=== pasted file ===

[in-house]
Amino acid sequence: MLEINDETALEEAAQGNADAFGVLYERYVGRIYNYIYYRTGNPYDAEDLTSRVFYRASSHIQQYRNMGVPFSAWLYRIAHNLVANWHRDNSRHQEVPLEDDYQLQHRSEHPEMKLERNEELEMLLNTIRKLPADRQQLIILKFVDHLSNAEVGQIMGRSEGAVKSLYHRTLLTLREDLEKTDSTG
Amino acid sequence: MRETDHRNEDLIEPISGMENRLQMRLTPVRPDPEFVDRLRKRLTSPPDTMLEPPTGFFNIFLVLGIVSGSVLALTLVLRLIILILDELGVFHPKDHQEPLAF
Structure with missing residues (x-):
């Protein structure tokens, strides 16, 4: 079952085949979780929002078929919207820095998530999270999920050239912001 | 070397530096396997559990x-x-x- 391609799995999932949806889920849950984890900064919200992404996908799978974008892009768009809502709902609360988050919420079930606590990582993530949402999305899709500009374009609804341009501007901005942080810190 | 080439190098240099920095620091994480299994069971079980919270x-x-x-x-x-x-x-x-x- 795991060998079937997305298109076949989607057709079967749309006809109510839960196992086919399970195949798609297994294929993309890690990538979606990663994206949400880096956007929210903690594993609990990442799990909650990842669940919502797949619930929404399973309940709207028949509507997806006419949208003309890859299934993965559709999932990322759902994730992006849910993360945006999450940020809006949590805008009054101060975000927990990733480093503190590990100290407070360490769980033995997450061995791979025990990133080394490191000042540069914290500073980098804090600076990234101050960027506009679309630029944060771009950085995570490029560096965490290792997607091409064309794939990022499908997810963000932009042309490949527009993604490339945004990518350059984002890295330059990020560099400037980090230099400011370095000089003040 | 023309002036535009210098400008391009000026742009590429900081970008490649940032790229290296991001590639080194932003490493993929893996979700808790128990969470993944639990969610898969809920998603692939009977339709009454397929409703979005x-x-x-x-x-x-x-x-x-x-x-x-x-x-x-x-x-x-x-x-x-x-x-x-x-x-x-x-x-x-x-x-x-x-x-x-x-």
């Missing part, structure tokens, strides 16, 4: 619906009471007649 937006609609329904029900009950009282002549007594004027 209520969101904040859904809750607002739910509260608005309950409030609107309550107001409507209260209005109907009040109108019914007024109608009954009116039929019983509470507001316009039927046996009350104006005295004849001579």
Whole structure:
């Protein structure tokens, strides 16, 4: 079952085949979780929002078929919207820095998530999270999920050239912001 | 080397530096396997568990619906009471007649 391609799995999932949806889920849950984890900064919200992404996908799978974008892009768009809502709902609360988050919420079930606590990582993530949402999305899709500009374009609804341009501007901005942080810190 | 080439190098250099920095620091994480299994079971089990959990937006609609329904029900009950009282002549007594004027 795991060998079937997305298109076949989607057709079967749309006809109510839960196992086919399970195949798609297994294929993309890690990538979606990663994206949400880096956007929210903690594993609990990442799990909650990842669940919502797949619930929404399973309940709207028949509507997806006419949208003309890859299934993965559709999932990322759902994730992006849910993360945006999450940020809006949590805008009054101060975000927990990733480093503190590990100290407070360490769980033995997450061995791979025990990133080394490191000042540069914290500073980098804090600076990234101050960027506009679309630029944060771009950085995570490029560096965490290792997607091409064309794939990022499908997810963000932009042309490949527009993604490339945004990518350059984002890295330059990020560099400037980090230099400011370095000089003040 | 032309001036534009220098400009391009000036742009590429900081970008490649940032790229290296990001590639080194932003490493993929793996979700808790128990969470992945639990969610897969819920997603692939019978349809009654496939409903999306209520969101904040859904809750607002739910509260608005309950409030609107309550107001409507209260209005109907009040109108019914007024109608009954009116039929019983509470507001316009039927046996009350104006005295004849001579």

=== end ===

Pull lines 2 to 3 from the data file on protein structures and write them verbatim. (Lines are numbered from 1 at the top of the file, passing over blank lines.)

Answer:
Amino acid sequence: MLEINDETALEEAAQGNADAFGVLYERYVGRIYNYIYYRTGNPYDAEDLTSRVFYRASSHIQQYRNMGVPFSAWLYRIAHNLVANWHRDNSRHQEVPLEDDYQLQHRSEHPEMKLERNEELEMLLNTIRKLPADRQQLIILKFVDHLSNAEVGQIMGRSEGAVKSLYHRTLLTLREDLEKTDSTG
Amino acid sequence: MRETDHRNEDLIEPISGMENRLQMRLTPVRPDPEFVDRLRKRLTSPPDTMLEPPTGFFNIFLVLGIVSGSVLALTLVLRLIILILDELGVFHPKDHQEPLAF